Put Alaskans first and decide on oil taxes

COMPASS: Other points of view

March 21, 2012 

The governor and the Legislature got it right in putting oil and gas as Alaska's No. 1 issue. With decreasing oil production and a looming deficit in the next few years, we do have an issue.

The problem is we are hearing the same old arguments and accusations --one side has sold out to the oil companies with low oil taxes and the other side favors high taxes and is anti-business and jobs. That polarization never gets down to solving the problem.

The issue isn't taxes. The train wreck we face is the dramatic fall in production -- declining 40 percent in the last decade and 5 percent more every year. Yes, taxes are a key element in avoiding that train wreck, but a partisan battle, which ends with nothing done, will not help. What we need is our political leaders to develop a united Alaska position on what is our fair share. Let me explain what I mean.

We have been through this before. I think we can look back to the last successful resolution of a similar stalemate for a model -- a time when Alaskans stood their ground together with a united front. With it we got more oil company investment, more production, and more revenues for education, public safety and our Permanent Fund.

This took place in 1981, a year of then record high oil prices of almost $35 per barrel, production of more than 1.5 million barrels per day, and a political smackdown with some fighting for lower taxes and others for higher taxes. Gov. Jay Hammond created a bold and crafty new approach. In a historic press conference, the Republican Governor brought together Democratic Senate President Jay Kerttula and Democratic Speaker of the House Jim Duncan and together they presented what they called a "united Alaskan position."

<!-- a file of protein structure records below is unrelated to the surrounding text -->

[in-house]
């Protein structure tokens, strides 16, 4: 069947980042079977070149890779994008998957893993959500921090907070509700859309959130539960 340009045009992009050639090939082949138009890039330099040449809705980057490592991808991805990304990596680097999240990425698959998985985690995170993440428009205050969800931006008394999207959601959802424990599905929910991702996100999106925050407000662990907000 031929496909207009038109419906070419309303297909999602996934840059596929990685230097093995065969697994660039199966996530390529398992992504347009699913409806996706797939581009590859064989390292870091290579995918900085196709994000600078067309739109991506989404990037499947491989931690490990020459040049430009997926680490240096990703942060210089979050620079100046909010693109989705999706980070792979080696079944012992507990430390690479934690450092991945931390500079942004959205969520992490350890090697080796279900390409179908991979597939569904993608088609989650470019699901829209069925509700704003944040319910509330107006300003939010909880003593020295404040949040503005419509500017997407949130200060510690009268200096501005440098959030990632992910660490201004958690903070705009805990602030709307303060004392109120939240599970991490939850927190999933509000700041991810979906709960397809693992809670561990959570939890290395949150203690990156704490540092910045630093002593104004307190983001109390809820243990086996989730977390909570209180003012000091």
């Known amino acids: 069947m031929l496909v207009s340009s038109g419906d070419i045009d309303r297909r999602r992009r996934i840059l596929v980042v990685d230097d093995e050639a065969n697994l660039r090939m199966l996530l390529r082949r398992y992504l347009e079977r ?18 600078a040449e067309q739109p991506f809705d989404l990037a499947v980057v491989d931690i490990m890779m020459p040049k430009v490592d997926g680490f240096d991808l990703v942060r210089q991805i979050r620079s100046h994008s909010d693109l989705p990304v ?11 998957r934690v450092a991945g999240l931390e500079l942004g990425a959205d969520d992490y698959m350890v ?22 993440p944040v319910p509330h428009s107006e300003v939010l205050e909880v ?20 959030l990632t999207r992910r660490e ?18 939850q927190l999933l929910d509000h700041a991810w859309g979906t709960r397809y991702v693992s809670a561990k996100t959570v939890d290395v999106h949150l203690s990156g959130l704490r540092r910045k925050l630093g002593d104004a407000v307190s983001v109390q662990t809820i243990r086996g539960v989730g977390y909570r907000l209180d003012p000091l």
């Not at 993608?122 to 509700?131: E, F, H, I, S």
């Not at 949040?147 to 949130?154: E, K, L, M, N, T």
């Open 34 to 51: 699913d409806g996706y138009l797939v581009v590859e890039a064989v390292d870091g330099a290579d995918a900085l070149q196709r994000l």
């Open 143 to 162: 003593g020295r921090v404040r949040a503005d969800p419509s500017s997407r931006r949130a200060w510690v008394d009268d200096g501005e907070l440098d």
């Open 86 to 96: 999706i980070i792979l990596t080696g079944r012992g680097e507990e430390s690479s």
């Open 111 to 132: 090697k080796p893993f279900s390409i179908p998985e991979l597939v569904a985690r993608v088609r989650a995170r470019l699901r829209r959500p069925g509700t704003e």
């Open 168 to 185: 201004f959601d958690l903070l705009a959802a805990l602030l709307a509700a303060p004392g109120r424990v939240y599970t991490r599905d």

It was framed as Alaska's fair share of oil revenues representing a little less than one third of total. They said Alaskans should not receive anything less than that amount. The other two parties, the oil industry and the federal government, received the other two-thirds, making it roughly a one-third, one-third, one-third split. Jay emphasized that fairness would bring stability. This Alaskan fair share worked for almost 20 years, bringing unprecedented state revenues, industry investment and higher oil production.

Today the percentages are far different with the state taking over 50 percent of the revenues. However the model for determining the Alaska fair share that works remains valid.

The train wreck of rapidly declining production seems far different from the increasing production of 1981. Yet there is a startling similarity even there. The end of the Prudhoe Bay field predicted for the late '90s never happened. By all accounts today we are resource abundant, just as we were in 1981. The fields are harder and more expensive to develop, but we know they are there. We are not resource short; rather, we are capital investment short.

The state won't and shouldn't pony up the needed investment dollars. That's the responsibility and the risk producers must take for their fair share.

Almost everybody acknowledges that the status quo is a disaster in the making. What we need is to arrive at the right balance. What we have is a blame game and sloganeering. While that may make for good politics, we know it makes bad policy.

We need to demand that our elected leaders in the House and Senate as well as the governor, Republicans and Democrats alike, work together and hammer out a united Alaska fair share that brings needed revenues for Alaskans, stability in taxes and increased production.

With this model in hand, the complexities of the tax structure will fall into place. I certainly don't know that magic number but I believe -- and I think most Alaskans would also rally behind -- whatever unified Alaska position was worked out.

So we say to our political leaders, "it's your responsibility to determine a united Alaska fair share -- and don't come home without it."

Tony Knowles was governor of Alaska from 1994 to 2002.

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